There’s no shortage of myths and misconceptions circulating around when it comes to the topic of strength training. Frankly, it’s hard to believe that some of them still exist after all these years. Many of them pertain to both men and women, but for this article I wanted to zero in on the ones that concern only the ladies – sorry gents!
Myth #1: Strength Training Will Make Women Bulky and Masculine
No – it’s a matter of Chemistry. Women’s bodies simply don’t produce enough natural testosterone that it takes to build large amounts of muscle. Testosterone is the primary hormone responsible for packing on muscle mass. And since the average woman produces about 5% to 10% of the amount of testosterone that males produce, developing large bulky muscles through strength training is highly unlikely to say the least.
However, there are some genetic differences among women that will cause some to increase muscle mass more than others, making them feel “bulky” – a higher testosterone level being one of them. Eating far too many calories while strength training would be another reason a woman (or a man for that matter) might feel that way. But unless a woman starts a regimen of regular testosterone injections (which I’m not endorsing!), no one will be mistaking her for the Incredible Hulk anytime soon.
Myth #2: Women Should Strength Train Differently Than Men
Uh – no. How one should strength train depends solely on their training goals – not gender. However, there are strength-related anatomical differences between men and women. Sorry ladies, but the average man is taller, heavier and has more lean muscle mass and less body fat than the average woman. So what does this mean in terms of how women should approach strength training compared to men? Absolutely nothing!
Let me explain. Men are stronger because they naturally have more muscle mass (on average) – makes sense, right? But research shows that when you factor in the amount of lean muscle mass into the equation, the strength of men and women is nearly equal. In other words, there’s practically no difference in strength between men and women who have an equal amount of lean muscle mass. Other than the effect that testosterone has on muscle size, there’s not much difference between men and women in how their muscles respond to strength training.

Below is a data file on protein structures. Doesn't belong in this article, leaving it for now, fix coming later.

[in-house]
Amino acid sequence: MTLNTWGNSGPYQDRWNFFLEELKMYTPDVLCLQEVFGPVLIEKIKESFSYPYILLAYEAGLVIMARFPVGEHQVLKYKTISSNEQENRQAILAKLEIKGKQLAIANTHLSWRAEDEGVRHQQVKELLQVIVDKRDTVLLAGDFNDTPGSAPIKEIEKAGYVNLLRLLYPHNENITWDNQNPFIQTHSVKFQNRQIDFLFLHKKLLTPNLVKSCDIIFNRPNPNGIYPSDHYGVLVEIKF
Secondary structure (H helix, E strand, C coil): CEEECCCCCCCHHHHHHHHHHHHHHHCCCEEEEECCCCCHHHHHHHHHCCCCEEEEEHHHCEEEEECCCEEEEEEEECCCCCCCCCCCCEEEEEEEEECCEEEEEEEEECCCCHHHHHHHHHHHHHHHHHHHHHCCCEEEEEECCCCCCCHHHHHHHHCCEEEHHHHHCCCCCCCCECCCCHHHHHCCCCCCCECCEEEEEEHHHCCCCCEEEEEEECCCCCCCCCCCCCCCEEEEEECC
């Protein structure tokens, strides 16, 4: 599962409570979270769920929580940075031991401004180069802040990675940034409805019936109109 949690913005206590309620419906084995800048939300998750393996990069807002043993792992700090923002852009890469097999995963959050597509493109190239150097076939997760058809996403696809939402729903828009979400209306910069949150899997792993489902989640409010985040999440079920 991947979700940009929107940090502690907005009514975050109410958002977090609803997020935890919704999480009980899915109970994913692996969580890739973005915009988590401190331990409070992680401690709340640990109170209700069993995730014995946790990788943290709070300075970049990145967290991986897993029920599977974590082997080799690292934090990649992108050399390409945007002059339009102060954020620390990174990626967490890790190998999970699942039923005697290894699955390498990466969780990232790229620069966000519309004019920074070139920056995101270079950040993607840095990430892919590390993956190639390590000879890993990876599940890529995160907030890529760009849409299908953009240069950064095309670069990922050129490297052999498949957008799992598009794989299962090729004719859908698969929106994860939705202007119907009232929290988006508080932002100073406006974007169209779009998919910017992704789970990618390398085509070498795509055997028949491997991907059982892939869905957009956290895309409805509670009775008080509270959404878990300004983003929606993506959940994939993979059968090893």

Bottom line: Strength training is an “equal opportunity” activity – there’s no reason for a woman to train any different than a man does when they both share the same strength training goals. Squats, dead lifts, chin-ups and every other strength exercise staple are just as effective and appropriate for women as they are for men. Go for it ladies!
Myth #3: Women Should Only Use Light Weights
More BS! This one definitely ties into the first two myths. And like those, it couldn’t be any further from the truth. Whether you’re a man or a woman, you need to use resistances that challenge your muscles if you want to see results from strength training – plain and simple. And for most women, performing strength exercises with 3 and 5 lb dumbbells for countless repetitions isn’t going to cut it.
You see, muscles adapt to the physical demands that you place on them. So if you strength train using only very light weights, that’s what they’ll adapt to – nothing more, nothing less. And unless your strength training goals are set very low, you’re probably not going to be very happy with your results. Solution: You guessed it – use heavier weights! It’s what you need to do so your body changes the way you want it to.
Myth #4: Older Women Shouldn’t Strength Train – They Might Get Hurt
Are you kidding me? This one is probably the biggest crock of them all. It’s especially critical for women to strength train as they get older. It’s the stage of life where Mother Nature starts playing some real dirty tricks for which you better have a darn good counter punch for. And in my opinion, there’s no better defense for the pitfalls of aging than a regular workout program that includes strength training.
The benefits of strength training for post-menopausal women are numerous and there’s plenty of scientific evidence to back it up. Improvements in muscle and bone mass, strength, balance and a lower risk of falling are just some of the rewards that can be reaped by post-menopausal women through regular strength training – even into their 90’s! It’s the best way to remain strong and independent throughout your entire life.
Note: Some women have medical issues and may have been advised by their doctor not to strength train. That’s unfortunate, but that’s not what I’m talking about. I’m referring to healthy women believing (for whatever reason) that they’re just “too old” to strength train. Don’t believe it – no matter what your age is!
I’m sure I missed one or two minor ones, but those are the top myths that have been floating around forever about women and strength training. Sad to say, but I’ll bet they’re still the main reasons why some women are unable to achieve the results they were hoping to see from their strength training efforts. Hopefully we can put these myths to rest for good!
I hope that helps,
P.S. Please leave a comment below – all opinions, questions and rants are welcome!Share With Friends: